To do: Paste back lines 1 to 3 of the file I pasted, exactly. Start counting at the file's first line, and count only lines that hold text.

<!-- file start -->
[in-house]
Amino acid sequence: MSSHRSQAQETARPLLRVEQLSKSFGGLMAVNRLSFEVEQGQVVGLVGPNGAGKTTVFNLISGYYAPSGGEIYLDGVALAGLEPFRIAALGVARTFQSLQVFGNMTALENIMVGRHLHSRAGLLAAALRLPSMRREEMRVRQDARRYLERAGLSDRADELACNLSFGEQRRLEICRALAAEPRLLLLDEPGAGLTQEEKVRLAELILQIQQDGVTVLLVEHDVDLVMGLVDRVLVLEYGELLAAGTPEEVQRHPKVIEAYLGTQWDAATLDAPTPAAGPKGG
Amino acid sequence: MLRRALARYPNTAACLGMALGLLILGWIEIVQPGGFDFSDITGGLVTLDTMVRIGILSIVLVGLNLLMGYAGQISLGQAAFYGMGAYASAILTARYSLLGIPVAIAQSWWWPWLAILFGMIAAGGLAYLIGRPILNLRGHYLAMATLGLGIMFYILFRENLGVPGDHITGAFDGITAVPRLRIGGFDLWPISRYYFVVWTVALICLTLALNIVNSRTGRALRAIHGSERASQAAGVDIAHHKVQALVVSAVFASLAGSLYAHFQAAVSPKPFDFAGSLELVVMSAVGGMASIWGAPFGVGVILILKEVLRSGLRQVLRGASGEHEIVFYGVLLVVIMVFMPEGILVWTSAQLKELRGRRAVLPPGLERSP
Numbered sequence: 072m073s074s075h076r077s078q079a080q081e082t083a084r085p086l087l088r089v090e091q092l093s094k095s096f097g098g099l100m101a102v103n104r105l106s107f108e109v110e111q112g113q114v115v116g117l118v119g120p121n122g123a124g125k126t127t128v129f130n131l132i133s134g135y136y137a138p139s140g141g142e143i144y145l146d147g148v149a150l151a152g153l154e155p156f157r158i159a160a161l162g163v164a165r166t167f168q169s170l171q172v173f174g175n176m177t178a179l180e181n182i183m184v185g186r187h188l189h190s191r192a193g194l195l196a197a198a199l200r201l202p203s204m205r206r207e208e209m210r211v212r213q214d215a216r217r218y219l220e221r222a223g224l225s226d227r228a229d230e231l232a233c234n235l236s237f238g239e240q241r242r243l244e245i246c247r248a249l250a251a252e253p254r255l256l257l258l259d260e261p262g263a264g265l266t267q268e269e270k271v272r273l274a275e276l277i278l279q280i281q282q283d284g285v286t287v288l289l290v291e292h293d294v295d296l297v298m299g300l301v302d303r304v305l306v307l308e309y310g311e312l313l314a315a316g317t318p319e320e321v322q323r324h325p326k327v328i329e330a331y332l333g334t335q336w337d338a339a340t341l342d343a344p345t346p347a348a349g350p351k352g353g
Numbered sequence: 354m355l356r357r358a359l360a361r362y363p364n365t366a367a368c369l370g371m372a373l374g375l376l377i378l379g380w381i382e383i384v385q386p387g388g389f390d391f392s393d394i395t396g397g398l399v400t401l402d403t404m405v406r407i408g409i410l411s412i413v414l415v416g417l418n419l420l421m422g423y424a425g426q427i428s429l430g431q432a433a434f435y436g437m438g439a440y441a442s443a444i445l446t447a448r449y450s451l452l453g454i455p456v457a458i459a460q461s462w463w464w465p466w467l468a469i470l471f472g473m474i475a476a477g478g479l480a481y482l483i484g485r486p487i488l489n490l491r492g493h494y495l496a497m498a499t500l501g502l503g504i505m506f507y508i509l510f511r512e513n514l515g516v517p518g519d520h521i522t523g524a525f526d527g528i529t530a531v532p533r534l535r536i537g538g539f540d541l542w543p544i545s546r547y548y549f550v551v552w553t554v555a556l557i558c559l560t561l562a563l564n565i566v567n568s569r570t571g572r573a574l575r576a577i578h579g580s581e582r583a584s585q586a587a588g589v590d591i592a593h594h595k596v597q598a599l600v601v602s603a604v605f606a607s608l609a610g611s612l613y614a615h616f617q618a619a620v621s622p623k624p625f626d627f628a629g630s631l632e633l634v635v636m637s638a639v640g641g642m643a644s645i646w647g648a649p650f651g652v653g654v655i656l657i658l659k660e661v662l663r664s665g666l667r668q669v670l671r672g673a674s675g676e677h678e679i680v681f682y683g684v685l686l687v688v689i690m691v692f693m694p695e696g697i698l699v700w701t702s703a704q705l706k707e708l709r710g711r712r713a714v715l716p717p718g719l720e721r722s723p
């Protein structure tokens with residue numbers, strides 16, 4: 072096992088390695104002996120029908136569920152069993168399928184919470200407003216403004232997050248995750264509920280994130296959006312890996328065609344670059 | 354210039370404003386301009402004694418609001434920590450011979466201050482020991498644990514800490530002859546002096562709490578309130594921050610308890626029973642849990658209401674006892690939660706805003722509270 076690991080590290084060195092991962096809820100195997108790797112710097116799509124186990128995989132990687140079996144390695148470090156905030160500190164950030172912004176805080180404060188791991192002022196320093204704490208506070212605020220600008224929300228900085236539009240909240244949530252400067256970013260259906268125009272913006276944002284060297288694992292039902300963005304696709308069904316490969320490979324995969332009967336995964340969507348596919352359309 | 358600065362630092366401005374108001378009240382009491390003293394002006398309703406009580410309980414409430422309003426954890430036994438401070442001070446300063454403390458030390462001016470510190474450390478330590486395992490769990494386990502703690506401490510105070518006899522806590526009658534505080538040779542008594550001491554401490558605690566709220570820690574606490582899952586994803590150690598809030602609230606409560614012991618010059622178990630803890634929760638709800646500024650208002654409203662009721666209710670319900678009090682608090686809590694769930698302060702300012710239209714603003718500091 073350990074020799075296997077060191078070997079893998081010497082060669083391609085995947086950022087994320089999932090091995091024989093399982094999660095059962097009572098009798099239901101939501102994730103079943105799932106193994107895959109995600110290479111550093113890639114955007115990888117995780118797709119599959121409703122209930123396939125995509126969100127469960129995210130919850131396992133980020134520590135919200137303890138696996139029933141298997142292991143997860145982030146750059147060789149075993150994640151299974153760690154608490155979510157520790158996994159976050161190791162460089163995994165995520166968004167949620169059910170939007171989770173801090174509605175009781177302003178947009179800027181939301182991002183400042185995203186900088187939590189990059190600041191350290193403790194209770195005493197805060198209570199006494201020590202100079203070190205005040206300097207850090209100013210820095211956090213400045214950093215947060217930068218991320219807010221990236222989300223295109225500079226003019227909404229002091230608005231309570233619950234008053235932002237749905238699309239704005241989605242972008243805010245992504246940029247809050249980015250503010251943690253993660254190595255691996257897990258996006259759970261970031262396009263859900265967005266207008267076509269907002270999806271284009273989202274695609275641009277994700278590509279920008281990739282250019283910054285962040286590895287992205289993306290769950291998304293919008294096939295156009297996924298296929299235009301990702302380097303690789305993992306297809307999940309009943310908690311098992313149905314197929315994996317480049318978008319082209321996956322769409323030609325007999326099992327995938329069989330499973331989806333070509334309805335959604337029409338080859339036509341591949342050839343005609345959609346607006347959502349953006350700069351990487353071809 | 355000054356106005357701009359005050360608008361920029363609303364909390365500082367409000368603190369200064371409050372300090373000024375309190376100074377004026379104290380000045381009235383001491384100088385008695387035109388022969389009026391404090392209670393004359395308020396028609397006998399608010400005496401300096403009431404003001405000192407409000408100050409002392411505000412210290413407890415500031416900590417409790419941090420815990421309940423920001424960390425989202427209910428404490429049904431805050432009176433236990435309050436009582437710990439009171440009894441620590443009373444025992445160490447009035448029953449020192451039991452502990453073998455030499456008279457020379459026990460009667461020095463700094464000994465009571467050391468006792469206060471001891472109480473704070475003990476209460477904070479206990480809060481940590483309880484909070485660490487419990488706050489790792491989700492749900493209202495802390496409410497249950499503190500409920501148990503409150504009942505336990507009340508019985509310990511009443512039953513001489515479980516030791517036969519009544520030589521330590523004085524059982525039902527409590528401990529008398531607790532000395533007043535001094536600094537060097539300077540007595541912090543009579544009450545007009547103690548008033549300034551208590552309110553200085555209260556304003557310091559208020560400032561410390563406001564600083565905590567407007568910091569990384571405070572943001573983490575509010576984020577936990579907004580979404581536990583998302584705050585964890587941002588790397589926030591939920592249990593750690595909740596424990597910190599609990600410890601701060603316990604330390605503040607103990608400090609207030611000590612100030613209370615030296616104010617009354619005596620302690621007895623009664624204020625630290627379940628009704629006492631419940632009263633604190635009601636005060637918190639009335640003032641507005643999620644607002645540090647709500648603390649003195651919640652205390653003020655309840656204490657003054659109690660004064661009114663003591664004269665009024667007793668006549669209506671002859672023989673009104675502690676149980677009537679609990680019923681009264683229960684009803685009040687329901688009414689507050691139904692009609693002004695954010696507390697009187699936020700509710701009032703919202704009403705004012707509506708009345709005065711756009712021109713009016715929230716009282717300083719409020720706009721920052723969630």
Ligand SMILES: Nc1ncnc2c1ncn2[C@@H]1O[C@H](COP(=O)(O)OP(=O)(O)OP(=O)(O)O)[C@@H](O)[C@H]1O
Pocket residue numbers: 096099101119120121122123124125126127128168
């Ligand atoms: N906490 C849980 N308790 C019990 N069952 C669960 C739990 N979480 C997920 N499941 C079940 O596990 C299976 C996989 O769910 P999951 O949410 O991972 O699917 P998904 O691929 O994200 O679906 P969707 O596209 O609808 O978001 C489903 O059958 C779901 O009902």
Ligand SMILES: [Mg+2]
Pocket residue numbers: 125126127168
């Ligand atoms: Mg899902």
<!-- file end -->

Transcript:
[in-house]
Amino acid sequence: MSSHRSQAQETARPLLRVEQLSKSFGGLMAVNRLSFEVEQGQVVGLVGPNGAGKTTVFNLISGYYAPSGGEIYLDGVALAGLEPFRIAALGVARTFQSLQVFGNMTALENIMVGRHLHSRAGLLAAALRLPSMRREEMRVRQDARRYLERAGLSDRADELACNLSFGEQRRLEICRALAAEPRLLLLDEPGAGLTQEEKVRLAELILQIQQDGVTVLLVEHDVDLVMGLVDRVLVLEYGELLAAGTPEEVQRHPKVIEAYLGTQWDAATLDAPTPAAGPKGG
Amino acid sequence: MLRRALARYPNTAACLGMALGLLILGWIEIVQPGGFDFSDITGGLVTLDTMVRIGILSIVLVGLNLLMGYAGQISLGQAAFYGMGAYASAILTARYSLLGIPVAIAQSWWWPWLAILFGMIAAGGLAYLIGRPILNLRGHYLAMATLGLGIMFYILFRENLGVPGDHITGAFDGITAVPRLRIGGFDLWPISRYYFVVWTVALICLTLALNIVNSRTGRALRAIHGSERASQAAGVDIAHHKVQALVVSAVFASLAGSLYAHFQAAVSPKPFDFAGSLELVVMSAVGGMASIWGAPFGVGVILILKEVLRSGLRQVLRGASGEHEIVFYGVLLVVIMVFMPEGILVWTSAQLKELRGRRAVLPPGLERSP